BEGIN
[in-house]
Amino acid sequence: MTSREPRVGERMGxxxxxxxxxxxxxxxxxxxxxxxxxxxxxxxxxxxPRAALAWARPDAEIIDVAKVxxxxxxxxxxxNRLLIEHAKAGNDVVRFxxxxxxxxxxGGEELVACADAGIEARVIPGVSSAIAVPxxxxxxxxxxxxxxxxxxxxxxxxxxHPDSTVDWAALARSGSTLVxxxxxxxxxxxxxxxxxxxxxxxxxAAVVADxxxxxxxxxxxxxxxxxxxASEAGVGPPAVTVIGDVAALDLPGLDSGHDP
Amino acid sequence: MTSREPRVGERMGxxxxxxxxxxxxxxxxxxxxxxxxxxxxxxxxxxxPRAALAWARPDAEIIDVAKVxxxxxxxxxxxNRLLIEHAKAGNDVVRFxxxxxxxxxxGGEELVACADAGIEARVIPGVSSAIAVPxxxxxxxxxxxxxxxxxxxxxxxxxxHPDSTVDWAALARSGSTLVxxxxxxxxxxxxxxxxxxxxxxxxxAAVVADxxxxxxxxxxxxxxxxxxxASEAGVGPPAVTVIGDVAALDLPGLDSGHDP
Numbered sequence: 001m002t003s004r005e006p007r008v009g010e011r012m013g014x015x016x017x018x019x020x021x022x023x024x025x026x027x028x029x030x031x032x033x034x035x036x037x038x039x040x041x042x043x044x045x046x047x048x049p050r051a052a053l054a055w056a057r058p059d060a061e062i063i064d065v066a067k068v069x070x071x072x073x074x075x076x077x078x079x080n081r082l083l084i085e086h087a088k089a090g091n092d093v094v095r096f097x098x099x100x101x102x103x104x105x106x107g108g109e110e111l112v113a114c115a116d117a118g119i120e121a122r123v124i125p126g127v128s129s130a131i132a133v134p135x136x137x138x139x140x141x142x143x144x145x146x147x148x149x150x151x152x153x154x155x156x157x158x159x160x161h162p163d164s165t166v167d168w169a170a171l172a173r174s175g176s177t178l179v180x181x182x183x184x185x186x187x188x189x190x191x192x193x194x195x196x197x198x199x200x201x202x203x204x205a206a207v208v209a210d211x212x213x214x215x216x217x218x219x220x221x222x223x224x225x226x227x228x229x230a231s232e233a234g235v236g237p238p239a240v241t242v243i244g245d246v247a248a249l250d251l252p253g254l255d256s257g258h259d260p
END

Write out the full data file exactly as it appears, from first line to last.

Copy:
[in-house]
Amino acid sequence: MTSREPRVGERMGxxxxxxxxxxxxxxxxxxxxxxxxxxxxxxxxxxxPRAALAWARPDAEIIDVAKVxxxxxxxxxxxNRLLIEHAKAGNDVVRFxxxxxxxxxxGGEELVACADAGIEARVIPGVSSAIAVPxxxxxxxxxxxxxxxxxxxxxxxxxxHPDSTVDWAALARSGSTLVxxxxxxxxxxxxxxxxxxxxxxxxxAAVVADxxxxxxxxxxxxxxxxxxxASEAGVGPPAVTVIGDVAALDLPGLDSGHDP
Amino acid sequence: MTSREPRVGERMGxxxxxxxxxxxxxxxxxxxxxxxxxxxxxxxxxxxPRAALAWARPDAEIIDVAKVxxxxxxxxxxxNRLLIEHAKAGNDVVRFxxxxxxxxxxGGEELVACADAGIEARVIPGVSSAIAVPxxxxxxxxxxxxxxxxxxxxxxxxxxHPDSTVDWAALARSGSTLVxxxxxxxxxxxxxxxxxxxxxxxxxAAVVADxxxxxxxxxxxxxxxxxxxASEAGVGPPAVTVIGDVAALDLPGLDSGHDP
Numbered sequence: 001m002t003s004r005e006p007r008v009g010e011r012m013g014x015x016x017x018x019x020x021x022x023x024x025x026x027x028x029x030x031x032x033x034x035x036x037x038x039x040x041x042x043x044x045x046x047x048x049p050r051a052a053l054a055w056a057r058p059d060a061e062i063i064d065v066a067k068v069x070x071x072x073x074x075x076x077x078x079x080n081r082l083l084i085e086h087a088k089a090g091n092d093v094v095r096f097x098x099x100x101x102x103x104x105x106x107g108g109e110e111l112v113a114c115a116d117a118g119i120e121a122r123v124i125p126g127v128s129s130a131i132a133v134p135x136x137x138x139x140x141x142x143x144x145x146x147x148x149x150x151x152x153x154x155x156x157x158x159x160x161h162p163d164s165t166v167d168w169a170a171l172a173r174s175g176s177t178l179v180x181x182x183x184x185x186x187x188x189x190x191x192x193x194x195x196x197x198x199x200x201x202x203x204x205a206a207v208v209a210d211x212x213x214x215x216x217x218x219x220x221x222x223x224x225x226x227x228x229x230a231s232e233a234g235v236g237p238p239a240v241t242v243i244g245d246v247a248a249l250d251l252p253g254l255d256s257g258h259d260p